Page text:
Sunday Independent - LIFE Magazine - Cover - Interview by Laura Scanlon

Power into summer: Laura Scanlon's 20 tips for summer fitness

Your body can perform as a powerful and price-effective gym, Dubliner Laura Scanlon tells us, and, from her sunny home in Cape Town, she's keen to coach us in how to use it

Editor - Sarah Caden - Sunday Independent LIFE Magazine

May 8 2017 2:30 AM

Laura Scanlon is home in Dublin on holiday. Which is not to say that she's resting. I suspect that Laura doesn't do resting, unless it's the conscious give-your-muscles-a-boost variety that she recommends in her fitness tips on the following pages.

Visits home from her base in South Africa are for seeing family and friends, Laura says, but she's a woman on a mission, all the same. Model and personal trainer Laura likes a plan, and her plan seems to be to get her father off the potatoes.

"My dad's in his early 60s," Laura says, "and he runs about three times a week, so he's fit, but he's a spud addict. When I'm home and we have, say, bolognese for dinner, I have quinoa with mine and my mum and dad have pasta, but he has to have a side of mash. So the running and the potatoes, they're balancing each other out. But I'd rather he didn't eat so many."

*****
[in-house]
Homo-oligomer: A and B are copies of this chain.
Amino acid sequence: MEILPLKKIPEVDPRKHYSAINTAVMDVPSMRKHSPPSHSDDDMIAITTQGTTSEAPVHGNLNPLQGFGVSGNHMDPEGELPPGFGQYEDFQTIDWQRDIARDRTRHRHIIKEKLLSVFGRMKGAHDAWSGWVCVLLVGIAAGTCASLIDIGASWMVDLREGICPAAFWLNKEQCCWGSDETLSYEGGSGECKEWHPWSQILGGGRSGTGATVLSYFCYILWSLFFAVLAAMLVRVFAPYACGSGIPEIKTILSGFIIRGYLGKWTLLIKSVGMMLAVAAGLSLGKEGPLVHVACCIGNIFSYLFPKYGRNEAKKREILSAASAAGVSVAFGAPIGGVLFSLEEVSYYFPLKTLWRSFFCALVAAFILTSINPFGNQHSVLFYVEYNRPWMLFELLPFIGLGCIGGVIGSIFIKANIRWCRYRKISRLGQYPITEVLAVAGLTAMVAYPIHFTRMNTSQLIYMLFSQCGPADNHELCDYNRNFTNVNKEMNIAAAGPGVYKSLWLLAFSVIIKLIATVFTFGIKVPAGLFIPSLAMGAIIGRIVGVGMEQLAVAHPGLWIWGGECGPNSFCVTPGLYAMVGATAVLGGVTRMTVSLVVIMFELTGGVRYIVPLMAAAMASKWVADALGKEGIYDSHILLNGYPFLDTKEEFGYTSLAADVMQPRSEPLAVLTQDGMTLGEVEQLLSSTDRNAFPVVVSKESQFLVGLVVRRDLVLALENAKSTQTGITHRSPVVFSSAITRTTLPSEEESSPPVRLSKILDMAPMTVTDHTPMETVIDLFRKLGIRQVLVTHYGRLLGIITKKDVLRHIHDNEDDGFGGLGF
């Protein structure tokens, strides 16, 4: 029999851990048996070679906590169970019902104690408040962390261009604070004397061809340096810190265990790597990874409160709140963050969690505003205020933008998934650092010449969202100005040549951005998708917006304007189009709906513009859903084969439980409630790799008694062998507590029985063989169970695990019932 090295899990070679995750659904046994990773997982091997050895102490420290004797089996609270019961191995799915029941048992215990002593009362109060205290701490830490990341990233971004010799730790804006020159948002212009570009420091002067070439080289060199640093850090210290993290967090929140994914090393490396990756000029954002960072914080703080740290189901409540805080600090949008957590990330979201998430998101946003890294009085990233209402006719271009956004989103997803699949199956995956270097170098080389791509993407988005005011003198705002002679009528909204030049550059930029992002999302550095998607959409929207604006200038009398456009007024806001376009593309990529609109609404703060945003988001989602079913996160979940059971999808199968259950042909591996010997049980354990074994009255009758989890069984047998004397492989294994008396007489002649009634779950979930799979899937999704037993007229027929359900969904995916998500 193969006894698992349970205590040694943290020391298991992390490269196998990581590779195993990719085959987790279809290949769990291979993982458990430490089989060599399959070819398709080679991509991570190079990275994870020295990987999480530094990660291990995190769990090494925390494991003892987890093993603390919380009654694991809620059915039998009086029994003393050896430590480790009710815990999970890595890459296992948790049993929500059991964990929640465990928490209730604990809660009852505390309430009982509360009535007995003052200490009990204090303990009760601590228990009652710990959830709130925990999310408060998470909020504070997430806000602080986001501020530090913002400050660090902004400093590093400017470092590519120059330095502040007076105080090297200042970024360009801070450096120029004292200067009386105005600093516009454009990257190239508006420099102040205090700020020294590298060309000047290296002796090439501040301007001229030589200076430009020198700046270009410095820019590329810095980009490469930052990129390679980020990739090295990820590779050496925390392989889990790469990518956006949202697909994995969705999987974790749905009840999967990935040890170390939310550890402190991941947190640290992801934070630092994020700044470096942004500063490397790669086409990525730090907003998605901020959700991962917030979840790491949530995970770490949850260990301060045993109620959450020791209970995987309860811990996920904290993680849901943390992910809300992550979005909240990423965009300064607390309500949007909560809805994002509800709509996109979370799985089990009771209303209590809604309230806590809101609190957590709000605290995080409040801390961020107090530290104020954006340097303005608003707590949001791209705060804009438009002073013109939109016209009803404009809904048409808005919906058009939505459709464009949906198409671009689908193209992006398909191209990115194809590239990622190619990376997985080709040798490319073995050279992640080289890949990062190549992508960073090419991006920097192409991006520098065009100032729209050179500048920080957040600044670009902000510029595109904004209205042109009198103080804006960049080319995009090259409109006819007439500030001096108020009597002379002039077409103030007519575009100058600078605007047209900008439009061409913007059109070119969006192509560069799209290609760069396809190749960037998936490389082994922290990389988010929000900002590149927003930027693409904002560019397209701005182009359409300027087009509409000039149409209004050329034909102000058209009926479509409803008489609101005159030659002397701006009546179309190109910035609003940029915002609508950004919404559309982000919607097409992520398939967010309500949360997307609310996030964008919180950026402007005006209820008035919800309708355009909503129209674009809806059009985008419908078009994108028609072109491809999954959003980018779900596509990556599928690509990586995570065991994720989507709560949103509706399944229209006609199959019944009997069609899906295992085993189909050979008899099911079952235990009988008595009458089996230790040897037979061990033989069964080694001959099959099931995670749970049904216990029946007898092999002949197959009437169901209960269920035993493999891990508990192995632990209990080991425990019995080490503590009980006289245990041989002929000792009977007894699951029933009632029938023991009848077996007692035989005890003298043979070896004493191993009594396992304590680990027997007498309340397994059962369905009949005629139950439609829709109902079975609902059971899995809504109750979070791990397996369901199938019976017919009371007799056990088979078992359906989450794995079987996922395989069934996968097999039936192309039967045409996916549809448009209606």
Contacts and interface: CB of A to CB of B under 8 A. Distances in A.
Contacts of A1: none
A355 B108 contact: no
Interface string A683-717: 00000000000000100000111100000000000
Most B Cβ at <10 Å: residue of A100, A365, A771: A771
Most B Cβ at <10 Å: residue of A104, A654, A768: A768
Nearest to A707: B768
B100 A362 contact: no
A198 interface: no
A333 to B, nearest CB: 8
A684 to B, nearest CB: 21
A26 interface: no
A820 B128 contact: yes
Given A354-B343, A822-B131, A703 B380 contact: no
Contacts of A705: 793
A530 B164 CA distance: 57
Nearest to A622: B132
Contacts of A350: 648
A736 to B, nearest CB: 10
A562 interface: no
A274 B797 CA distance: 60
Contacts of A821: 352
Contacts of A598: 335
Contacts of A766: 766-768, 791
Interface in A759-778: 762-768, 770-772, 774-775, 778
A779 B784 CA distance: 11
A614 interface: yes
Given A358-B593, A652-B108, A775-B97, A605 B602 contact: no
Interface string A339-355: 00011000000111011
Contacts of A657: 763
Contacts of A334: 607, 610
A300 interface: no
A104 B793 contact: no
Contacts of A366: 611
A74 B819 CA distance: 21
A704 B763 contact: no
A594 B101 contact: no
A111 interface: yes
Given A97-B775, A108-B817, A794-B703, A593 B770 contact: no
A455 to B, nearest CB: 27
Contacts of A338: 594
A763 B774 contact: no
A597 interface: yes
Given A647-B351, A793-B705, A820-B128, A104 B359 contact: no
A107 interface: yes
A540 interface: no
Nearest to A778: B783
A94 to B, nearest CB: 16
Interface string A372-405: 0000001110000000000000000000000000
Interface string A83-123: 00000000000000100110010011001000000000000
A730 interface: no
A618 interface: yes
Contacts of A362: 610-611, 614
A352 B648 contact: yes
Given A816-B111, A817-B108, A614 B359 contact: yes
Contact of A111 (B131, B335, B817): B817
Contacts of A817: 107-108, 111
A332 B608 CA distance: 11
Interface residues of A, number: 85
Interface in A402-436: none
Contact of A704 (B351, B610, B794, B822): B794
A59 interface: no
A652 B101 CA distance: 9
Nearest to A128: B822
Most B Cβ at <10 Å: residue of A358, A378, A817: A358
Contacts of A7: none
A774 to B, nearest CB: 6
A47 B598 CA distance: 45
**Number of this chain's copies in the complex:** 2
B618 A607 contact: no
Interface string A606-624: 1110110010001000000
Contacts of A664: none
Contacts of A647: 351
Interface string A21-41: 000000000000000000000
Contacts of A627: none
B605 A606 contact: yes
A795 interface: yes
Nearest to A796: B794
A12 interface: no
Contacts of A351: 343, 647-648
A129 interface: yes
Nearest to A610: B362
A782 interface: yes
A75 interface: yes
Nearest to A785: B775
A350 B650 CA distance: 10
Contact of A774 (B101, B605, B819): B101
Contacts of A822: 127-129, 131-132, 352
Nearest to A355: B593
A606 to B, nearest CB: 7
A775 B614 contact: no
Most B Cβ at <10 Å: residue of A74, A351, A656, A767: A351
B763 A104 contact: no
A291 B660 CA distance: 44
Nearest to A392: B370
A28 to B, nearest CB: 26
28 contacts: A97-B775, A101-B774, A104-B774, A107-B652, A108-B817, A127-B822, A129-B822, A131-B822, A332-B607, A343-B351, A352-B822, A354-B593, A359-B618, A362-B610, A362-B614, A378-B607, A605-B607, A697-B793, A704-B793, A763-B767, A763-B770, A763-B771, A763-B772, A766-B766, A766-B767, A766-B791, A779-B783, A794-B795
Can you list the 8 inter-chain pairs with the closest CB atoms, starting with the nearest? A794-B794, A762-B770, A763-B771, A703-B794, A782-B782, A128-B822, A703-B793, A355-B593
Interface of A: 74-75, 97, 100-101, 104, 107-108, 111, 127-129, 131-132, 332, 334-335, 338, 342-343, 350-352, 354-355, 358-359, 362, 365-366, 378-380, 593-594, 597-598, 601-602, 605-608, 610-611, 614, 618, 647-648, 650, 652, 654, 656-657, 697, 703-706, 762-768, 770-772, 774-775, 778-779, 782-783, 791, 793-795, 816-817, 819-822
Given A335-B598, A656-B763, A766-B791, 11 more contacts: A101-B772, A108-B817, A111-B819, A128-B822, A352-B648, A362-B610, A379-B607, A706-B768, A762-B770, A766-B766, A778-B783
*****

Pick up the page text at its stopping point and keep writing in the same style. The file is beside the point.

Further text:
Telling of her fitness focus, is how Laura qualifies her father's fitness: "nothing too long; just five or 10k". That's not too long if you're Laura Scanlon, who regards our bodies as the ultimate mobile gym and has decided that, basically, she could invent an app for that.

Tall and graceful, with striking, almond-shaped eyes, you'd easily identify Laura as a model, and that's what she has been for most of her young-adult life. There's something in the way she moves, though, panther-like, that speaks of an athlete. Then, after you've spoken to her about her life's passion - fitness - you understand that certain poise, and you imagine that Laura's the kind of girl who has her core engaged constantly.

South African sun

Eighteen months ago, Knocklyon-born Laura moved to South Africa, with her boyfriend Dave Murphy. They met in Dublin six years ago - he had already lived and worked in Cape Town, and, as a couple, they began going back and forth there on holidays before committing to a full relocation.

That is has been a very happy move is very clear, and it's about more than just good weather. There's something about this new country that has inspired Laura the model to focus on her career as a better-body guru.

The fact that the good weather means you're often in your swimwear and summer clothes played a part in the refocus, Laura admits. South Africa is very body-conscious, from a diet, beauty and fitness point of view. "It's a pressure, but it's a good pressure," she says.